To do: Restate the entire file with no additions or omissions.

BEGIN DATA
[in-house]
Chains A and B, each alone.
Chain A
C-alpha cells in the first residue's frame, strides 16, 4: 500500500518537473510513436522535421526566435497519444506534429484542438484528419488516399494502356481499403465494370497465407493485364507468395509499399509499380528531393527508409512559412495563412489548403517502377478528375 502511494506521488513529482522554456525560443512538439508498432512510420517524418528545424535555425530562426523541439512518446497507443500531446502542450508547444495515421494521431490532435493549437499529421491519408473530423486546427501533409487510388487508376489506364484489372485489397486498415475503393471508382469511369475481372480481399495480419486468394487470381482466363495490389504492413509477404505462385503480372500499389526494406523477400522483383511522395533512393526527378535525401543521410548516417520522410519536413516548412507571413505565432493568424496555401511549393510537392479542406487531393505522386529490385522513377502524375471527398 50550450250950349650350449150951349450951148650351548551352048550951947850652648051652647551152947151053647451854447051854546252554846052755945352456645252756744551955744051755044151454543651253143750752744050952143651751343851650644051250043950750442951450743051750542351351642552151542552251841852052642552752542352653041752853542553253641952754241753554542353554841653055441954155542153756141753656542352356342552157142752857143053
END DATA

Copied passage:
[in-house]
Chains A and B, each alone.
Chain A
C-alpha cells in the first residue's frame, strides 16, 4: 500500500518537473510513436522535421526566435497519444506534429484542438484528419488516399494502356481499403465494370497465407493485364507468395509499399509499380528531393527508409512559412495563412489548403517502377478528375 502511494506521488513529482522554456525560443512538439508498432512510420517524418528545424535555425530562426523541439512518446497507443500531446502542450508547444495515421494521431490532435493549437499529421491519408473530423486546427501533409487510388487508376489506364484489372485489397486498415475503393471508382469511369475481372480481399495480419486468394487470381482466363495490389504492413509477404505462385503480372500499389526494406523477400522483383511522395533512393526527378535525401543521410548516417520522410519536413516548412507571413505565432493568424496555401511549393510537392479542406487531393505522386529490385522513377502524375471527398 50550450250950349650350449150951349450951148650351548551352048550951947850652648051652647551152947151053647451854447051854546252554846052755945352456645252756744551955744051755044151454543651253143750752744050952143651751343851650644051250043950750442951450743051750542351351642552151542552251841852052642552752542352653041752853542553253641952754241753554542353554841653055441954155542153756141753656542352356342552157142752857143053